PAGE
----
After Conchita Wurst had won and performed the song again, and shortly before the end of the television broadcast, press photographers crowded around Wurst for pictures. During the photo session, Estonian "Free Anakata" activist Meelis Kaldalu managed to breach security and approach Wurst, giving her flowers and a Danish flag. She accepted the flowers, and Kaldalu knelt before her; what he said could not be heard. As security personnel realised Kaldalu was not supposed to be there, they began to drag him away, and Kaldalu produced a piece of paper, which he had hidden under his shirt, reading "#free anakata".[62][63]

Participating countries[edit]

  Countries in the first semi-final
  Countries also voting in the first semi-final
  Countries in the second semi-final
  Countries also voting in the second semi-final

Thirty-seven countries participated in the 2014 Contest. Bulgarian broadcaster Bulgarian National Television (BNT),[13] Croatian broadcaster Hrvatska radiotelevizija (HRT),[14] Cypriot broadcaster Cyprus Broadcasting Corporation (CyBC)[15] and Serbian broadcaster Radio Television of Serbia (RTS)[16] withdrew from the 2014 contest. Other absent countries that previously have participated are Andorra,[64] Bosnia and Herzegovina,[65] Czech Republic,[66] Luxembourg,[67] Monaco,[68] Morocco,[69] Slovakia[70] and Turkey.[71] Portugal returned to the contest after their one-year withdrawal from the 2013 contest.[11] Poland returned after last participating in 2011.[12]

Returning artists[edit]

Valentina Monetta represented San Marino for a third and final consecutive year, having previously represented the microstate at the 2012 and 2013 contests.[19] This makes Monetta the fourth main singer to compete in three consecutive contests (and the only one of amongst them never to win in one of these occasions), following Lys Assia and Corry Brokken, who both competed in the 1956, 1957 and 1958 contests, and Udo Jürgens, who competed in 1964, 1965 and 1966. Paula Seling and Ovi returned as a duo, having previously represented Romania in 2010.[72] The Tolmachevy Sisters, who represented Russia, previously participated in and won the Junior Eurovision Song Contest 2006. Macedonian backing vocalist Tamara Todevska previously represented Macedonia in 2008.[73] Martina Majerle, who represented Slovenia in 2009 and backing vocals for Croatia 2003 Contest, for Slovenia 2007 Contest, Montenegro 2008 Contest, Slovenia 2011 Contest and Slovenia in 2012 Contest, returned as a backing vocalist for Montenegro.[74] All backing vocalists for Estonia, Kaire Vilgats, Marvi Vallaste and Marilin Kongo had previously represented their country on a number of different occasions, in 2000, 2002, 2009, 2011 and 2012.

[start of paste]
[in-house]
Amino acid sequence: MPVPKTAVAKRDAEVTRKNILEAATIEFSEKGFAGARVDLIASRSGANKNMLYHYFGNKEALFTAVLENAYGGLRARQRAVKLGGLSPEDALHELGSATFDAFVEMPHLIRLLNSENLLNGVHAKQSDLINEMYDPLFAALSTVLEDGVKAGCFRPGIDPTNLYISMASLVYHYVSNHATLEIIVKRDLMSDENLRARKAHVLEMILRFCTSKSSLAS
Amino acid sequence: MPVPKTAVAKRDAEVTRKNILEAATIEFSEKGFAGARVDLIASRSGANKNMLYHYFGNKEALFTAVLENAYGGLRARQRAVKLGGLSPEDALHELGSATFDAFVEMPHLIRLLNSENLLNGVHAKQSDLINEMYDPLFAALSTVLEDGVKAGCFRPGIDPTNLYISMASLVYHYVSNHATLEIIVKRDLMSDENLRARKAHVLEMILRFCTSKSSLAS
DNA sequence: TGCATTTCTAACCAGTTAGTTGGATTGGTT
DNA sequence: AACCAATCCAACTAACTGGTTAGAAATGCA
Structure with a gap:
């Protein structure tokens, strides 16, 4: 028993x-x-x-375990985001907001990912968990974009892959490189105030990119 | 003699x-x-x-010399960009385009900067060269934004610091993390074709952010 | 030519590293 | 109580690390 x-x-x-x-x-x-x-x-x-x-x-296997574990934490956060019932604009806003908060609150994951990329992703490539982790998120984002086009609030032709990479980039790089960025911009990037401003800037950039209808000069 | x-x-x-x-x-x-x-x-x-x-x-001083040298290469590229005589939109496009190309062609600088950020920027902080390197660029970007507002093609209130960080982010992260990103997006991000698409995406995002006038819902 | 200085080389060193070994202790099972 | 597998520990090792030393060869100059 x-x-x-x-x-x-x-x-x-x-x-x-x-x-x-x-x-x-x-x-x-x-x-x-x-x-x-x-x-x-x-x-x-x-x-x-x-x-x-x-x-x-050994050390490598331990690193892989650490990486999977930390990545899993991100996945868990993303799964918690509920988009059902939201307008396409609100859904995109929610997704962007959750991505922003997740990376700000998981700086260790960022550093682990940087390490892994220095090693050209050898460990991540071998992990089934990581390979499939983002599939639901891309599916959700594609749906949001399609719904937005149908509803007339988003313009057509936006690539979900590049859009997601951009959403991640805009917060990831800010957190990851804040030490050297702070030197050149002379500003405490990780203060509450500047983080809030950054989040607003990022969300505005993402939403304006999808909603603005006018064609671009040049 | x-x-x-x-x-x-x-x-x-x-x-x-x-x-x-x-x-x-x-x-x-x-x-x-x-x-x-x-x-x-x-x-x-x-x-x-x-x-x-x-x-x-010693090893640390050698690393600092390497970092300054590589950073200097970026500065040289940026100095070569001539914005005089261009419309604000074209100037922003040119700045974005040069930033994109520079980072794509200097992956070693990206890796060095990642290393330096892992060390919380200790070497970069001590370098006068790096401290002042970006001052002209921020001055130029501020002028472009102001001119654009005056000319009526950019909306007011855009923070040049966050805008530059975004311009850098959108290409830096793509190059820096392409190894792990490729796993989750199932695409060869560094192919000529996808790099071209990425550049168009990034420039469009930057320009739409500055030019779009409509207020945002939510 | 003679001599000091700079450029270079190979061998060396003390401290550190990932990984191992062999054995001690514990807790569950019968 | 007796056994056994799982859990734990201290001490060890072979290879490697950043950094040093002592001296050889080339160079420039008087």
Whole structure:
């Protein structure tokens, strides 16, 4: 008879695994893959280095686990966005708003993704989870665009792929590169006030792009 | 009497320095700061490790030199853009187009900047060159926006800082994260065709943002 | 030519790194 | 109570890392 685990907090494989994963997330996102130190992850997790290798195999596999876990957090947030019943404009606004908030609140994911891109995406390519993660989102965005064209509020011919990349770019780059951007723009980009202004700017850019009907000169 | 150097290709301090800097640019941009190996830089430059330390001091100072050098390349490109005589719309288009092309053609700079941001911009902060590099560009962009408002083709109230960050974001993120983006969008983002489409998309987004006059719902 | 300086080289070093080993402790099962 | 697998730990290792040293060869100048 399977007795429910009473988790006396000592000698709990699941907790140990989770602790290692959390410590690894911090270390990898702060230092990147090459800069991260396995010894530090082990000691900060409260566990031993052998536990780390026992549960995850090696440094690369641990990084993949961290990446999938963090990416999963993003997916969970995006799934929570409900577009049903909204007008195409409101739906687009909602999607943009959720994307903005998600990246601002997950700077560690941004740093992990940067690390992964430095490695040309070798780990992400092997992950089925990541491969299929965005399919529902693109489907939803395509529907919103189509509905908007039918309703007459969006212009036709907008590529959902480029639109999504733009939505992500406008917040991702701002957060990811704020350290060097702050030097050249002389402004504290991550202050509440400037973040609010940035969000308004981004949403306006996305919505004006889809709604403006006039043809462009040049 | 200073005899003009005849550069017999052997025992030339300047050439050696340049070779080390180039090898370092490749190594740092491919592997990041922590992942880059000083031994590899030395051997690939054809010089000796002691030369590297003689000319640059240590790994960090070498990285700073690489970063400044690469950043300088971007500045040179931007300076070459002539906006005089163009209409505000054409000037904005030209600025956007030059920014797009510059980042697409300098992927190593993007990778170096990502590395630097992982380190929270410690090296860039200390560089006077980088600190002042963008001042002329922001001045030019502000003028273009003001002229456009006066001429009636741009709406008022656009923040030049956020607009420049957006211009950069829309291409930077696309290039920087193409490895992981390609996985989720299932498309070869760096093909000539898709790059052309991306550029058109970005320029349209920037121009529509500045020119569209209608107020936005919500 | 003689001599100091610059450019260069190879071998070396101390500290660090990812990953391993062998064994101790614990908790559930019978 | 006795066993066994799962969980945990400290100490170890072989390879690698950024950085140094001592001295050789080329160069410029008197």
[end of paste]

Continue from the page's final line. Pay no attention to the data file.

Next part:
Results[edit]

Full semi-final results including televoting and results from the individual jury members were released shortly after the final.[75]

Semi-final 1[edit]

Spain, France, and Denmark also voted in this semi-final.[76] The ten songs that are marked in orange qualified to the final.

Draw[47] Country[44] Language Artist[77] Song[77] English translation Place Points
01  Armenia English Aram MP3 "Not Alone" 4 121
02  Latvia English1 Aarzemnieki "Cake to Bake" 13 33
03  Estonia English Tanja "Amazing" 12 36
04  Sweden English Sanna Nielsen "Undo" 2 131
05  Iceland English Pollapönk "No Prejudice" 8 61
06  Albania English Hersi "One Night's Anger" 15 22
07  Russia English Tolmachevy Sisters "Shine" 6 63
08  Azerbaijan English Dilara Kazimova "Start a Fire" 9 57
09  Ukraine English Mariya Yaremchuk "Tick-Tock" 5 118
10  Belgium English Axel Hirsoux "Mother" 14 28
11  Moldova English Cristina Scarlat "Wild Soul" 16 13
12  San Marino English Valentina Monetta "Maybe" 10 40
13  Portugal Portuguese Suzy "Quero ser tua" I want to be yours 11 39
14  Netherlands English The Common Linnets "Calm After the Storm" 1 150
15  Montenegro Montenegrin Sergej Ćetković "Moj svijet" (Мој свијет) My world 7 63
16  Hungary English András Kállay-Saunders "Running" 3 127
1.^ The song is in English; however, there are some phrases in Latvian.[78]

Semi-final 2[edit]

Germany, Italy, and the United Kingdom also voted in this semi-final.[76] The ten songs that are marked in orange qualified to the final.

Draw[47] Country[44] Language Artist[79] Song[79] English translation Place Points
01  Malta English Firelight "Coming Home" 9 63
02  Israel English, Hebrew Mei Finegold "Same Heart" 14 19
03  Norway English Carl Espen "Silent Storm" 6 77
04  Georgia English The Shin and Mariko "Three Minutes to Earth" 15 15